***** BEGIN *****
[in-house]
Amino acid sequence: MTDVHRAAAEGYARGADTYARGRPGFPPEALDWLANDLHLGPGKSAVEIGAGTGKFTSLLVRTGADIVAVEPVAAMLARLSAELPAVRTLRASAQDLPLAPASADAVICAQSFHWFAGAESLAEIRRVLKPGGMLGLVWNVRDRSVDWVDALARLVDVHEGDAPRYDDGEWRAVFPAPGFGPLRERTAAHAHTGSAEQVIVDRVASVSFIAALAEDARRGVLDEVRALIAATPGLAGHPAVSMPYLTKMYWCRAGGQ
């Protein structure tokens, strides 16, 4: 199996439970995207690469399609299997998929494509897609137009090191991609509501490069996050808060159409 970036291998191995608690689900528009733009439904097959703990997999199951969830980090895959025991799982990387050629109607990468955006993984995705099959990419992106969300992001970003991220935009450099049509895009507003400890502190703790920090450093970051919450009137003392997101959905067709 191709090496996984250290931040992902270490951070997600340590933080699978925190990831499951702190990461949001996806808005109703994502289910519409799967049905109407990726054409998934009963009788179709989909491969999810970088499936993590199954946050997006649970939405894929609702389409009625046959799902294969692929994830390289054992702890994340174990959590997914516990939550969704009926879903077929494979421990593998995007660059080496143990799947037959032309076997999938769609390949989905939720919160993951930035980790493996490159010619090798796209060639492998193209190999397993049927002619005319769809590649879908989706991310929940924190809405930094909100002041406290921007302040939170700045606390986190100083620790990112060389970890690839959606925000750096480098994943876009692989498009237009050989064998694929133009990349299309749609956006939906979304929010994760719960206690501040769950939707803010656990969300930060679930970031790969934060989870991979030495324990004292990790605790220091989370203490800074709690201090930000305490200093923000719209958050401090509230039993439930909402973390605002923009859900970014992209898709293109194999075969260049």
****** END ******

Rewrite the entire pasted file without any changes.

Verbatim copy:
[in-house]
Amino acid sequence: MTDVHRAAAEGYARGADTYARGRPGFPPEALDWLANDLHLGPGKSAVEIGAGTGKFTSLLVRTGADIVAVEPVAAMLARLSAELPAVRTLRASAQDLPLAPASADAVICAQSFHWFAGAESLAEIRRVLKPGGMLGLVWNVRDRSVDWVDALARLVDVHEGDAPRYDDGEWRAVFPAPGFGPLRERTAAHAHTGSAEQVIVDRVASVSFIAALAEDARRGVLDEVRALIAATPGLAGHPAVSMPYLTKMYWCRAGGQ
């Protein structure tokens, strides 16, 4: 199996439970995207690469399609299997998929494509897609137009090191991609509501490069996050808060159409 970036291998191995608690689900528009733009439904097959703990997999199951969830980090895959025991799982990387050629109607990468955006993984995705099959990419992106969300992001970003991220935009450099049509895009507003400890502190703790920090450093970051919450009137003392997101959905067709 191709090496996984250290931040992902270490951070997600340590933080699978925190990831499951702190990461949001996806808005109703994502289910519409799967049905109407990726054409998934009963009788179709989909491969999810970088499936993590199954946050997006649970939405894929609702389409009625046959799902294969692929994830390289054992702890994340174990959590997914516990939550969704009926879903077929494979421990593998995007660059080496143990799947037959032309076997999938769609390949989905939720919160993951930035980790493996490159010619090798796209060639492998193209190999397993049927002619005319769809590649879908989706991310929940924190809405930094909100002041406290921007302040939170700045606390986190100083620790990112060389970890690839959606925000750096480098994943876009692989498009237009050989064998694929133009990349299309749609956006939906979304929010994760719960206690501040769950939707803010656990969300930060679930970031790969934060989870991979030495324990004292990790605790220091989370203490800074709690201090930000305490200093923000719209958050401090509230039993439930909402973390605002923009859900970014992209898709293109194999075969260049």